Travel Abroad Africa: Help Communities and Earn Credit


Photo Courtesy Ali Peroti

The sixth annual service learning trip to South Africa, lead by Sierra Nevada College’s science and business departments, kicks o in May and June. The trip gives students the opportunity to participate in community-based initiatives that support South African organizations.

Each year, students support AIDs orphans, schools, habitat rehabilitation, vegetable gardens, and toy libraries, all while earning credit hours and getting up close and personal with South Africa’s wildlife.

“Just last year we were able to install plumbing and running water to a local preschool,” said SNC alumna Ali Perotti.

“As an American you would question how that preschool is even legally open. Going to these communities and seeing how other people live is eye opening.”

The trip covers three sessions in the Republic of South Africa, meeting in Pretoria, in game parks, the Kruger Park, and Cape Town.

Students can earn some credits in sessions one or two, or up to 15 credits if all three sessions are attended. Students who want to travel and help the commu- nity can also do so without taking credits.

“Seeing the excitement of both SNC students and the communities with whom we work is really rewarding,” said Professor Mary Lewellen.

“Over the past five years, the communities have gotten to know us, and the parents of the schoolchildren come to help us with projects because they want a better environment for their children to learn.”

Session one, May 15-June 2, overs courses in Regional Studies Africa, Service Learning, Travel Abroad Research, Africa Research Elephants, and Travel Abroad Africa. Students can also add Independent Studyon Development Economics in Africa. Session two, June 1-9, offers a class called Community Based Resource Management.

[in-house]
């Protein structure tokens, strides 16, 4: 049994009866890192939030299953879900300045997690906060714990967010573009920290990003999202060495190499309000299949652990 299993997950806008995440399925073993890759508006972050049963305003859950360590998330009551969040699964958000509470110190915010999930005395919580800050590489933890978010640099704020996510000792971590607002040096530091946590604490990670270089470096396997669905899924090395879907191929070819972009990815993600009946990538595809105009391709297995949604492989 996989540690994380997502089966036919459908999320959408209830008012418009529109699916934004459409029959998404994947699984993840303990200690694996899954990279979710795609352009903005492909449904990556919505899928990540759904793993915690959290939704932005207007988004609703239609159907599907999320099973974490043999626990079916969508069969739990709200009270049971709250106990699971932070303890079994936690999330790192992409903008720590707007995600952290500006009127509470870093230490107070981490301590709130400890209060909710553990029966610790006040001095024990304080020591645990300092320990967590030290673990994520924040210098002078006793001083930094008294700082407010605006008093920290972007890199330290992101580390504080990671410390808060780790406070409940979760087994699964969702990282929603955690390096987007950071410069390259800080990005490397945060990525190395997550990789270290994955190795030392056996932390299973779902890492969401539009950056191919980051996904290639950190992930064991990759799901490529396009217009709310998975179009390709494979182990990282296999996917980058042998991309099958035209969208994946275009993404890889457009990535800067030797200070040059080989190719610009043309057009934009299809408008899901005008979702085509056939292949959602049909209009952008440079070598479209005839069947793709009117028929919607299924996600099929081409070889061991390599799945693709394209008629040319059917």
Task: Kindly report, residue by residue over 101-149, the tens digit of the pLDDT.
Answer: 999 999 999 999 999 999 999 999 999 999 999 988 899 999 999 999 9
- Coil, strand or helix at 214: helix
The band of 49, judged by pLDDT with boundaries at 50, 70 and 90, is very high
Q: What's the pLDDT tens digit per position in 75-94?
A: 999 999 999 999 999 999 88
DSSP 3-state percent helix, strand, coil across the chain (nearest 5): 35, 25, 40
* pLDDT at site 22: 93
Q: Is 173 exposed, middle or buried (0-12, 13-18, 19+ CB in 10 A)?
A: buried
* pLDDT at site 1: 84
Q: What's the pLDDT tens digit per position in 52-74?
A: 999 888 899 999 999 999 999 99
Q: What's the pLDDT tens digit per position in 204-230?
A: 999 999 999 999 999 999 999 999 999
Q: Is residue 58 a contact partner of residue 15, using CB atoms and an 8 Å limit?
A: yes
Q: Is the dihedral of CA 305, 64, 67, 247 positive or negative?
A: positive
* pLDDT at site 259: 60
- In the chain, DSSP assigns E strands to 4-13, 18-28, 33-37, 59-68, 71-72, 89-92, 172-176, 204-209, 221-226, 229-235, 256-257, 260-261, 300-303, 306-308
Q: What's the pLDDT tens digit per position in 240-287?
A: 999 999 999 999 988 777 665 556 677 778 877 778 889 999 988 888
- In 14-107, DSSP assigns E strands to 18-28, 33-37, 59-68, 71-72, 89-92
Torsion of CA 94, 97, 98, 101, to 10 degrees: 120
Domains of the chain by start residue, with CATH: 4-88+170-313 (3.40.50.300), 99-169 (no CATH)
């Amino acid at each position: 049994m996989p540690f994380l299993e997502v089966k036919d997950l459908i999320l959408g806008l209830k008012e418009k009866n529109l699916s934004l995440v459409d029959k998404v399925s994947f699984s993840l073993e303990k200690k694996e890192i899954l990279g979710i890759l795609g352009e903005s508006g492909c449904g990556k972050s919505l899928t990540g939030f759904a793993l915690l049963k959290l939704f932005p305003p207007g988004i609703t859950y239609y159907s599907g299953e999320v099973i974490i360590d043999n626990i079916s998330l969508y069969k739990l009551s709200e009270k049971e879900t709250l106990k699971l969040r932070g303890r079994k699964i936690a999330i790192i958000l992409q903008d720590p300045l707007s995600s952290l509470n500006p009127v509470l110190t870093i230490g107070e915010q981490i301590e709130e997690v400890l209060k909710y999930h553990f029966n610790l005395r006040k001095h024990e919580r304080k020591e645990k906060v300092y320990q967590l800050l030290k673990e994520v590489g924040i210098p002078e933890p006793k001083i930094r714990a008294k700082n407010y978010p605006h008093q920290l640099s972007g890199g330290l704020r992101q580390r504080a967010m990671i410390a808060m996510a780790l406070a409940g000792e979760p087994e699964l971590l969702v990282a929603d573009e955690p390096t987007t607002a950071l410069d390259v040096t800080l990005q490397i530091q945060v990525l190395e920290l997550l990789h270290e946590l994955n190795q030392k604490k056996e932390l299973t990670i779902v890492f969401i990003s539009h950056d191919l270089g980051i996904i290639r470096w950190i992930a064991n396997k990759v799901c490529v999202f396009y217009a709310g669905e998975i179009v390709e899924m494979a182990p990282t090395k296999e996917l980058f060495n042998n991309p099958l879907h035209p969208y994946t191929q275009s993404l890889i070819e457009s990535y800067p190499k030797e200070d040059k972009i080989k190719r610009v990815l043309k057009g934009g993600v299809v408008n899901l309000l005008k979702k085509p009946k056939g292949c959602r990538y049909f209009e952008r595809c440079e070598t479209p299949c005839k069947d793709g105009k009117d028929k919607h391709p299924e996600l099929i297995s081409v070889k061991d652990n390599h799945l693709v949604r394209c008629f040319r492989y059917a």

Session three, June 8-19, is the natural history section: Cape Peninsula. Students in this section will explore the Drakensburg Mountains, Battle elds, hike the Cape Peninsula and learn about the history of the Cape.

“This trip is a once-in-a-lifetime experience,” Perotti said. “Four years of college go by fast, and once you’re done you can’t and the time to travel like this with a 40- hour work week.”

While the financial costs of class fees, international travel, and tuition may seem daunting, scholarships, federal student aid, and fundraisers can help make the trip affordable.

“Cheap summer tuition and plane flights make this a really economic trip, even cheaper than a full semester at home,” Professor Chuck Levitan said.

Professors Lewellen and Morse have led more than 11 trips to Zimbabwe and South Africa for SNC. They also lived and worked in South Africa as diplomats for more than 25 years.

“We have this expression that Africa is a disease and once you catch it there is no cure,” Lewellen said.

“Students fall in love with the experience and have attended the trip through-out college and after graduation because they see the value in helping others make a difference in their lives.”